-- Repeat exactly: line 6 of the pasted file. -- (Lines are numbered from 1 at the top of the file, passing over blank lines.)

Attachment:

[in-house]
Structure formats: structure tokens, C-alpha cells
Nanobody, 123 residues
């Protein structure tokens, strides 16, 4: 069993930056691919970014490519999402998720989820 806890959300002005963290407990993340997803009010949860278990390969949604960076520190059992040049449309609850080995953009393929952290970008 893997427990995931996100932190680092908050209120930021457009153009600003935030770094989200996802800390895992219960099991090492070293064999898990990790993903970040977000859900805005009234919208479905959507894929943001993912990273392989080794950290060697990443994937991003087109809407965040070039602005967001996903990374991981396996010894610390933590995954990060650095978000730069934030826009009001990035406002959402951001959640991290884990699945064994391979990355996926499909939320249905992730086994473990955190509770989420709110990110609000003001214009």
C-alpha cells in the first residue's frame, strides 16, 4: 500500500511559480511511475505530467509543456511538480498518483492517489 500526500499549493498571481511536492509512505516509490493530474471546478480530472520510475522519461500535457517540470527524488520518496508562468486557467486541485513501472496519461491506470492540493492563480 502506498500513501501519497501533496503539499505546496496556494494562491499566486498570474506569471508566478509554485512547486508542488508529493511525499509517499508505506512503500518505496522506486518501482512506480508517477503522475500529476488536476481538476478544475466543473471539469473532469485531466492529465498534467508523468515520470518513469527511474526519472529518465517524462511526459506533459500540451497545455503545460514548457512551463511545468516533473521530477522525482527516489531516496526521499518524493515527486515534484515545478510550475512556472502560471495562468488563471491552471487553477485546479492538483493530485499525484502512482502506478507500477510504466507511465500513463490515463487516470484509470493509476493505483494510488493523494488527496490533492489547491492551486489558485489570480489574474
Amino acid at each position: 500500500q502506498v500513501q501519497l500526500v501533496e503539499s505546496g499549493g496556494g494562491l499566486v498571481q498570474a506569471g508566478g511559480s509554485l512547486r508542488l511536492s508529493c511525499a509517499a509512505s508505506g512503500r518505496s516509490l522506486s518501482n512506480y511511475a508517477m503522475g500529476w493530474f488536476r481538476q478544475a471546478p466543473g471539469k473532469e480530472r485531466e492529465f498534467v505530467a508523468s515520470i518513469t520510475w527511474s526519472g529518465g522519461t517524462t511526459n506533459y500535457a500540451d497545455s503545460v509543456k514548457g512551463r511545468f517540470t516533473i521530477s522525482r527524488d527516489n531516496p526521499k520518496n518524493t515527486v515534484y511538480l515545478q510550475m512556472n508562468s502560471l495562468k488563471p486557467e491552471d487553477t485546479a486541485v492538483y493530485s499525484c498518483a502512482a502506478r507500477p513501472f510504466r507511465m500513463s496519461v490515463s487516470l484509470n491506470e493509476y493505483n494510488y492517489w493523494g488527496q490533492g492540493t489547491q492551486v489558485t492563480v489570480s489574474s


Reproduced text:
Amino acid at each position: 500500500q502506498v500513501q501519497l500526500v501533496e503539499s505546496g499549493g496556494g494562491l499566486v498571481q498570474a506569471g508566478g511559480s509554485l512547486r508542488l511536492s508529493c511525499a509517499a509512505s508505506g512503500r518505496s516509490l522506486s518501482n512506480y511511475a508517477m503522475g500529476w493530474f488536476r481538476q478544475a471546478p466543473g471539469k473532469e480530472r485531466e492529465f498534467v505530467a508523468s515520470i518513469t520510475w527511474s526519472g529518465g522519461t517524462t511526459n506533459y500535457a500540451d497545455s503545460v509543456k514548457g512551463r511545468f517540470t516533473i521530477s522525482r527524488d527516489n531516496p526521499k520518496n518524493t515527486v515534484y511538480l515545478q510550475m512556472n508562468s502560471l495562468k488563471p486557467e491552471d487553477t485546479a486541485v492538483y493530485s499525484c498518483a502512482a502506478r507500477p513501472f510504466r507511465m500513463s496519461v490515463s487516470l484509470n491506470e493509476y493505483n494510488y492517489w493523494g488527496q490533492g492540493t489547491q492551486v489558485t492563480v489570480s489574474s